The Braided Wing

Bourbon Whiskey & Fly Fishing

Posted January 15, 2012 Stonefly.

Bourbon Whiskey & Fly Fishing

After a spill in the water this afternoon, I knew that I was going to talk bourbon tonight. I love to sink a few cold beers in a Spring Creek on a hot summer day. Likewise, a black cigar in the height of mosquito season is pretty hard to beat. But both are seasonal for me. I’m not a big beer drinker in cold weather (okay, I sneak in a few), and I rarely smoke a cigar when the bugs have died down or I’m on open water. But bourbon whiskey?

I’m a fan. A fall in the water? Nothing better on the way back to the car heater. Guides icing up and fingers number? Crack a bottle. Warm fire, full moon, good friends and music? Perfect complement. Whiskey in a flask is my all-season, all-terrain vice. Listen, I’m a oenophile (props to the good naming taste of Stonefly Vineyards) but wine doesn’t travel quite as easily as a hip flask, and definitely doesn’t have the same velocity.

So, if you’re still with me here, these are exceptional traveling bourbons that are worth investigating for the next day on the water. They don’t come cheap, but an excellent day on the water and a beautiful fish in hand deserve a fitting toast.

Pappy Van Winkle – Phenomenal whiskey. The 12 year special reserve is an award-winning burbon, and the 23 year family reserve was Bourbon of the Year in 2010 (and packs a wallop at 107 proof). Distilled in Frankfort, KY. This is the top-shelf, freezing-your-ass off choice.



Jefferson’s Reserve – Really, either Jefferson’s (8 years) or Jefferson’s Reserve (17 years) are exceptional bourbons, and the Presidential Select is top of the line. My favorite for the campfire or sipping on the deck. Don’t ever cut this one with anything but ice. Distilled at McLain and Kyne in Bardstown, KY.



Woodford Reserve – From my childhood hometown of Versailles, in Woodford County, KY. As smooth as it gets, you’ll name your first son after this one. When you’re out and about, odds are that the restaurant or pub will have Woodford Reserve when they don’t have Pappy or Jefferson’s. My favorite for any and every occasion.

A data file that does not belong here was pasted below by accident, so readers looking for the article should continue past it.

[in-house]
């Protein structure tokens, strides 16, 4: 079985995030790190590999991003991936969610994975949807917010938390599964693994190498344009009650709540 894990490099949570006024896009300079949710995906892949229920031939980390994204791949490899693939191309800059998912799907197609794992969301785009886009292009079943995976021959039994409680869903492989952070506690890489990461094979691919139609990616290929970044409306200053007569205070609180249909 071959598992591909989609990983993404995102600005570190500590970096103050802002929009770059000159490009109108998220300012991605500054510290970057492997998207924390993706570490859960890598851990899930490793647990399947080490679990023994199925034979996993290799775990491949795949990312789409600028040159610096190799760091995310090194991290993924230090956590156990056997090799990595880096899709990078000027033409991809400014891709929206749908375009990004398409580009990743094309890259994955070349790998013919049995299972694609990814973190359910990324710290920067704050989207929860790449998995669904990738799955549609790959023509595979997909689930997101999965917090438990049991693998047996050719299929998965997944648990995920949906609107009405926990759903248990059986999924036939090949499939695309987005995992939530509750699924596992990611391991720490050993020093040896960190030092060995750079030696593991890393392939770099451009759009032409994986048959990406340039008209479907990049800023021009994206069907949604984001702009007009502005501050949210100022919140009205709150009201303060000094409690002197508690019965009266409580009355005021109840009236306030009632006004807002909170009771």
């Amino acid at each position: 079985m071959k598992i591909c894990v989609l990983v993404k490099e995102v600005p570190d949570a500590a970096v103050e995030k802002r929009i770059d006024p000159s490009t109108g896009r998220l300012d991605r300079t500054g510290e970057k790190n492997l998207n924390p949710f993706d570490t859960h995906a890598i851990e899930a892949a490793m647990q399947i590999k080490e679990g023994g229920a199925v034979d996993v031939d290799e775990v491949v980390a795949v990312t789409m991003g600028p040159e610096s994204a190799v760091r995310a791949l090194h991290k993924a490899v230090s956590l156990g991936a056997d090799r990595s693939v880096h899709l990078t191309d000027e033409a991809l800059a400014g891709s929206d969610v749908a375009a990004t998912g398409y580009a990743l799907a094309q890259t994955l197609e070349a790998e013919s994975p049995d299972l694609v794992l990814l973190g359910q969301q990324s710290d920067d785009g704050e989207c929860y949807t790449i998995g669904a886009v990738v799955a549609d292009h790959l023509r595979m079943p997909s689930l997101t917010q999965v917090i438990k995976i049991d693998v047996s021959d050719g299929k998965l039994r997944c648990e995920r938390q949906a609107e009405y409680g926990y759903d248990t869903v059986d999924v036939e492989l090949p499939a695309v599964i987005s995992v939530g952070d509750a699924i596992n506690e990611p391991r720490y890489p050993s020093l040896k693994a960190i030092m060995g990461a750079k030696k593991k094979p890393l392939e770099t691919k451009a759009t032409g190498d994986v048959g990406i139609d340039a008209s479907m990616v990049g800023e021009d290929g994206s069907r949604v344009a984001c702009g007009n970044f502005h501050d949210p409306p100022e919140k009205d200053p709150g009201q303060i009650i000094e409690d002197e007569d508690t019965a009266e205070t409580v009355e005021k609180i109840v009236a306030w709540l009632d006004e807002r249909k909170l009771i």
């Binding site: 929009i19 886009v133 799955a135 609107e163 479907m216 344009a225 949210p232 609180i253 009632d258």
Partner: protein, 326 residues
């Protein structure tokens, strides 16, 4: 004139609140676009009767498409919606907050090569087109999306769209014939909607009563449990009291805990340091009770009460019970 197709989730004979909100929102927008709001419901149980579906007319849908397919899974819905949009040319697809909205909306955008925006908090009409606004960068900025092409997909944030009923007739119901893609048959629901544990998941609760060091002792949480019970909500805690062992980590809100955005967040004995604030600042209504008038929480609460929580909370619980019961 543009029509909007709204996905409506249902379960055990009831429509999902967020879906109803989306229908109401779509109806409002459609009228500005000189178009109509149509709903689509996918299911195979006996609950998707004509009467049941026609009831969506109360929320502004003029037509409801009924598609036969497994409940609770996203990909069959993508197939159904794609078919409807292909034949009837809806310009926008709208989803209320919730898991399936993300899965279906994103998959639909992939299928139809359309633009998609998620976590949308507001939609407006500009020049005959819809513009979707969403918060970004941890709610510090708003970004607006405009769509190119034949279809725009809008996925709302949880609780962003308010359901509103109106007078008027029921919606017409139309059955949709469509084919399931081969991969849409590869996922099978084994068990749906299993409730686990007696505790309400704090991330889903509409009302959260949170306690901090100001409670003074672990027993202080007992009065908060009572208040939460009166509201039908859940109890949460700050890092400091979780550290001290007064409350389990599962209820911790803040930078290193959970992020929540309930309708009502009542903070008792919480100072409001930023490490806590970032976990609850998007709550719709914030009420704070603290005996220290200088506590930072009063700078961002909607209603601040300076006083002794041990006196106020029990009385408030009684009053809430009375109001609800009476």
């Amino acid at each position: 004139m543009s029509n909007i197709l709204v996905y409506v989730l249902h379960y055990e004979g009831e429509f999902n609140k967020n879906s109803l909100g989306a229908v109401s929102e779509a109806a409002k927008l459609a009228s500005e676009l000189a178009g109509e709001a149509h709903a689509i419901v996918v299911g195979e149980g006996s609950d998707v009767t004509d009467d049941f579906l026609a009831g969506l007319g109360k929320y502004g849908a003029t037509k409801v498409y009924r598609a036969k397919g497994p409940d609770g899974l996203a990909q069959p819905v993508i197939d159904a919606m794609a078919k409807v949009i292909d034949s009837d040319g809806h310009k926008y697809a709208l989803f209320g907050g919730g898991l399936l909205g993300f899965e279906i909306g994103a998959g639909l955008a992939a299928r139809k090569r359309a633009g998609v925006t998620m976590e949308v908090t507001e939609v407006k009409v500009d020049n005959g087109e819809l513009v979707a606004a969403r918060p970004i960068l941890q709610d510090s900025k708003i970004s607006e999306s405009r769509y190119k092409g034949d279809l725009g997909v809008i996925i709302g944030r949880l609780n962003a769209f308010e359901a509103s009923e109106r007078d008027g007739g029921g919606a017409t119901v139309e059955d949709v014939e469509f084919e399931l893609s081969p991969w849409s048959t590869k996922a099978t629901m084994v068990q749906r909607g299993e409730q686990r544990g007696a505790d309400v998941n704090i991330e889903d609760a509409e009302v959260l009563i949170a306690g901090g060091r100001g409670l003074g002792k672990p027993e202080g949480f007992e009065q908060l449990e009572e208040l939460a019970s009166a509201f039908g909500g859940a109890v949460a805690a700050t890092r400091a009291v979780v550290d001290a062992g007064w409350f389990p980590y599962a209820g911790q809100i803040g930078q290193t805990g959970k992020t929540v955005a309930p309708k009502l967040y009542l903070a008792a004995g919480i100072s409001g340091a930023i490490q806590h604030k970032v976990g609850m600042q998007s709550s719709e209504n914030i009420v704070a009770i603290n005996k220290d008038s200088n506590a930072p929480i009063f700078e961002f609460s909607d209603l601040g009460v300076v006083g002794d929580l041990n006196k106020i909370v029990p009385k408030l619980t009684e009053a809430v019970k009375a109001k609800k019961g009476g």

Four Roses – Out of Lawrenceburg, KY, their small batch bourbon rivals Pappy’s Family Reserve for me. Not always for others. It’s a complex bourbon, hitting hard and fast before mellowing. It’s hard to find, but if you’re a real bourbon aficionado or want to be, try to get your hands on a bottle.



If you’ve been a diehard Jim Beam fan since your college (or high school) days, try Basil Hayden small batch. It’s an 8 year that is as smooth as the other side of the pillow. Jim Beam Distillery also has a few other top notch, small batch entries in Baker’s, which is a little sweet for me, presumably from a heavy corn; Booker’s, which is a little stiff for me at 126 proof; or the more familiar Knob Creek, which is richer and heavier and at the other end of the spectrum from Baker’s. All three give the superior Basil Hayden a run for the money. Skip the Beam black and white labels for any of these.

If you like a black bourbon, give 1792 a shot. Though I’m not a fan of Barton Distillery, which produces some very low-end bourbons, this one is hearty, smooth, and thick. A darker version of Knob Creek, maybe.

If you’re a Maker’s fan, you can step up your game by trying to get your hands on Maker’s 46. Maker’s itself isn’t a bad way to go, and is my go-to when a restaurant only has only Beam, Jack, and Maker’s…which unfortunately is too damn often.

Jack is a Tennessee bourbon whiskey, and a different drink in many ways. It’s filtered over maple charcoal and aged differently. And it's from Tennessee. I’m Kentucky through and through (in basketball, bourbon, and bluegrass).

There are too many great bourbons to highlight – this is a fly fishing blog, after all. But if you really want some immersion therapy, try the Southern version of Napa Valley - the Kentucky Bourbon Trail ( A phenomenal trip, and more importantly not too many out-of-staters (nor in-staters) realize what a great smallmouth fishery weaves in and out of the Trail. Elkhorn Creek forms around the county lines of Scott and Franklin, where the North and South Elkhorn Creeks merge at a falls. All three are great smallmouth fisheries, but the larger Elkhorn is exceptional and only runs for about 7 miles (the overall length with the forks is 99 miles, just short of river designation) until it meets the Kentucky river. Find a great bluegrass band in Frankfort, mix in some bourbon and smallmouth – makes for a great weekend!